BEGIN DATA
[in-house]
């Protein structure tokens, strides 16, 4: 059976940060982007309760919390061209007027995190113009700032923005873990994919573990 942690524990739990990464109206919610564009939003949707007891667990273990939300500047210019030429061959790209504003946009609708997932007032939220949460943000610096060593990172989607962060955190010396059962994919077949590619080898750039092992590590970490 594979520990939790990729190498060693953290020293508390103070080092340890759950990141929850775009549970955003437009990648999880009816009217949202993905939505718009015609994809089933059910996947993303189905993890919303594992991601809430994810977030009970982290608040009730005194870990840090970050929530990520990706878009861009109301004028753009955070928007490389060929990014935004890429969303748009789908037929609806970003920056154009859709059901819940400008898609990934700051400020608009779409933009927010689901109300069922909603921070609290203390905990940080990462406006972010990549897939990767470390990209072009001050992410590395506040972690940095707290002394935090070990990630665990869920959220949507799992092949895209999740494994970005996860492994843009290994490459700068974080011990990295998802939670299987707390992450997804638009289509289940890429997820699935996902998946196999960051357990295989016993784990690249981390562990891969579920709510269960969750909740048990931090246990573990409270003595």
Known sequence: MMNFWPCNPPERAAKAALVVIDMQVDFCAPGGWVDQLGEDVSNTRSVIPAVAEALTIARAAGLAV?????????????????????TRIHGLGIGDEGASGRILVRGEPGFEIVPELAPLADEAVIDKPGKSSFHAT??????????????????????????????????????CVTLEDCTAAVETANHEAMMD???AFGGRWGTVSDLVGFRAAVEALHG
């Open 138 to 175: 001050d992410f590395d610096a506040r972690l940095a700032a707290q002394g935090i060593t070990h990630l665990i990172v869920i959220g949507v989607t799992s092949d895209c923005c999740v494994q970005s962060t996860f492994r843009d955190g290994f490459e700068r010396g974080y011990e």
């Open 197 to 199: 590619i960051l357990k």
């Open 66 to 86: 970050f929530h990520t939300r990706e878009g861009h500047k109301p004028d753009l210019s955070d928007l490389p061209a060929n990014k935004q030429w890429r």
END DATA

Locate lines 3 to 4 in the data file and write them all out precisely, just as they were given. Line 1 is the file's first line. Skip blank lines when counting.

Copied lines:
Known sequence: MMNFWPCNPPERAAKAALVVIDMQVDFCAPGGWVDQLGEDVSNTRSVIPAVAEALTIARAAGLAV?????????????????????TRIHGLGIGDEGASGRILVRGEPGFEIVPELAPLADEAVIDKPGKSSFHAT??????????????????????????????????????CVTLEDCTAAVETANHEAMMD???AFGGRWGTVSDLVGFRAAVEALHG
């Open 138 to 175: 001050d992410f590395d610096a506040r972690l940095a700032a707290q002394g935090i060593t070990h990630l665990i990172v869920i959220g949507v989607t799992s092949d895209c923005c999740v494994q970005s962060t996860f492994r843009d955190g290994f490459e700068r010396g974080y011990e």